DULUTH – Huber Engineered Woods is planning a $440 million timber-based manufacturing plant near Cohasset, in a major boost for Minnesota's logging industry and the Iron Range economy.

The 750,000-square-foot mill would be located next to the Boswell Energy Center and employ more than 150 people. The North Carolina-based company expects to begin construction by the middle of next year and be in full operations by 2025.

"Northern Minnesota, given the fiber basket that exists there, the long history in the industry and the quality workforce, was an ideal fit for us," said Huber Engineered Woods President Brian Carlson.

It would be the company's sixth U.S. mill, Carlson said. Huber Engineered Woods, a subsidiary of J.M. Huber Corp., provides oriented strand board (OSB) panels for roof, wall and flooring construction.

The Iron Range Resources and Rehabilitation Board (IRRRB) voted Monday to provide a $15 million forgivable loan for the project. An additional $20 million is expected from the state.

"I think everyone understands that the [housing] markets are booming — anything that has anything to do with construction or remodeling," said Matt Sjoberg, IRRRB executive director of business development. "It's a pretty good time to be in this business, and we're more than pleased that has created some opportunity for the company and for us."

Scott Dane of the Associated Contract Loggers and Truckers of Minnesota called the project "the biggest development in the forest products industry in 40 years."

The industry suffered during the pandemic as the Verso paper mill in Duluth closed and Sappi in Cloquet cut back on production.

Nearly 1,000 Minnesota jobs were lost in forestry/logging, paper manufacturing and wood product manufacturing in 2020, according to census figures, a 5% drop in total employment across those sectors.

Even before the pandemic, northeastern Minnesota's timber industry has seen a steady decline in employment over the past 20 years. There are half as many people working in the industry now as there were at the turn of the century, according to the census.

Project advocates say hundreds of indirect jobs for loggers, truck drivers and others will be created by the mill in addition to hundreds of construction jobs.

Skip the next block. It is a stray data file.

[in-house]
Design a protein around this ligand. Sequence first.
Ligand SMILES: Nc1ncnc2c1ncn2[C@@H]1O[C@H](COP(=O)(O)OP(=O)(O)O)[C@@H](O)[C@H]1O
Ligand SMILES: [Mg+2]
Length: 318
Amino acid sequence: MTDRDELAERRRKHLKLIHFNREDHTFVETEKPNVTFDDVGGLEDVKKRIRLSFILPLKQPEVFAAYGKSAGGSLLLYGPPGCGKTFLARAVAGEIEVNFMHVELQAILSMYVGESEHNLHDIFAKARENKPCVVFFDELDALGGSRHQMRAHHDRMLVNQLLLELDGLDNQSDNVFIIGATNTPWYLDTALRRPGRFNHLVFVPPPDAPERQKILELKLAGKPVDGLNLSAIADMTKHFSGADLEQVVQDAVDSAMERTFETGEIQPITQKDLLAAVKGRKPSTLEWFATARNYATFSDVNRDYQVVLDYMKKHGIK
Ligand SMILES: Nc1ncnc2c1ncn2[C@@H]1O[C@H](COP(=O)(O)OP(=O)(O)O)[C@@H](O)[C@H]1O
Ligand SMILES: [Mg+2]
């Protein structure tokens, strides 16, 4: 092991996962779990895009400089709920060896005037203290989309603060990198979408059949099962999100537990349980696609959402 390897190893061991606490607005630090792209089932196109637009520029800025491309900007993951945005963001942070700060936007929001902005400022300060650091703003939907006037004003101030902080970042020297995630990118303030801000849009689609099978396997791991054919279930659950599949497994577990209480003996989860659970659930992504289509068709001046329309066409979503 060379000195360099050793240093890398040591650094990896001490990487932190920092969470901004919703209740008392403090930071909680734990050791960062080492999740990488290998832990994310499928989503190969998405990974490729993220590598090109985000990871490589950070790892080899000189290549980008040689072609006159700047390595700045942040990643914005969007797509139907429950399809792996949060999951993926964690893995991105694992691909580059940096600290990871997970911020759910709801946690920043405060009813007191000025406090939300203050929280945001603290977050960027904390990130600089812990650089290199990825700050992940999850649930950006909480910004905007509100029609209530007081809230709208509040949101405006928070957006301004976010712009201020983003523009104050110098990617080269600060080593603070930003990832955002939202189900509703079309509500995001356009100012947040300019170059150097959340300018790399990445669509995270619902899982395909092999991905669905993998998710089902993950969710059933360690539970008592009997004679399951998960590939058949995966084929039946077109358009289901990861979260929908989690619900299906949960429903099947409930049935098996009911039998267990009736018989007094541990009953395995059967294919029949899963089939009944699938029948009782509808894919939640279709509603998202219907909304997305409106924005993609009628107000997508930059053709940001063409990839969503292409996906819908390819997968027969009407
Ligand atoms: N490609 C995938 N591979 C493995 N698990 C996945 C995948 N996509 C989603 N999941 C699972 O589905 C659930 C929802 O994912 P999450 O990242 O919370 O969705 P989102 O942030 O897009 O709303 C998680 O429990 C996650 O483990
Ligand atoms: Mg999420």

"This will be a tremendous boost, not only to the local economy of Cohasset but to all of Itasca County," Itasca County Commissioner Davin Tinquist said in a statement. "This is good for the timber industry, for the local job market and for our tax base."

The project comes as Minnesota Power closes and converts its remaining coal plants at Boswell by 2035, which was expected to cost the region hundreds of jobs and millions in local taxes. The Duluth-based utility and its parent company, Allete, helped recruit Huber and find a home for its next mill as part of a "just transition for Boswell's host communities," Allete CEO Bethany Owen said in a statement.

The plant will consume more than 400,000 cords of wood — up to 1 million tons — annually. Aspen will be the primary species harvested, and the mill will require about 150 daily logging trucks. About 20,000 trucks and 330 rail cars annually will be needed to bring the products to market.

Huber Engineered Woods has about 1,000 employees and has more than $1 billion in yearly revenue. Its five other mills are located in Georgia, Maine, Tennessee, Oklahoma and Virginia.

Carlson said the investment comes "as we look to grow our business and satisfy the needs of homeowners across the country," who are facing staggering costs for construction products due to pandemic-related supply chain issues and soaring demand.

The Cohasset mill remains "contingent upon site acquisition, approval of certain legislative initiatives and financial assistance from additional state entities," according to a news release from Gov. Tim Walz, who said "we're excited about the positive economic impact this investment will make in the region."

The "biggest piece" still remaining is a measure going before the state Legislature that would "get permitting going quickly and allow them to get into a construction phase in a timely fashion," said Tamara Lowney, CEO of the Itasca Economic Development Corp. Legislators are still looking for a bill to carry that initiative through the special session, Lowney said.

The Legislature is also considering $27 million in annual production incentives — up to $3 million per year from 2026 through 2034.

At Monday's IRRRB meeting, chairman Sen. David Tomassoni, I-Chisholm, questioned if Huber had financing lined up.

"We have had great big projects like this that have fallen through the cracks," Tomassoni said.

"Yes, we have confirmed that," Sjoberg said. "I think it's a very fair package we've put together to get Huber to be making their investment in the area."

Brooks Johnson • 218-491-6496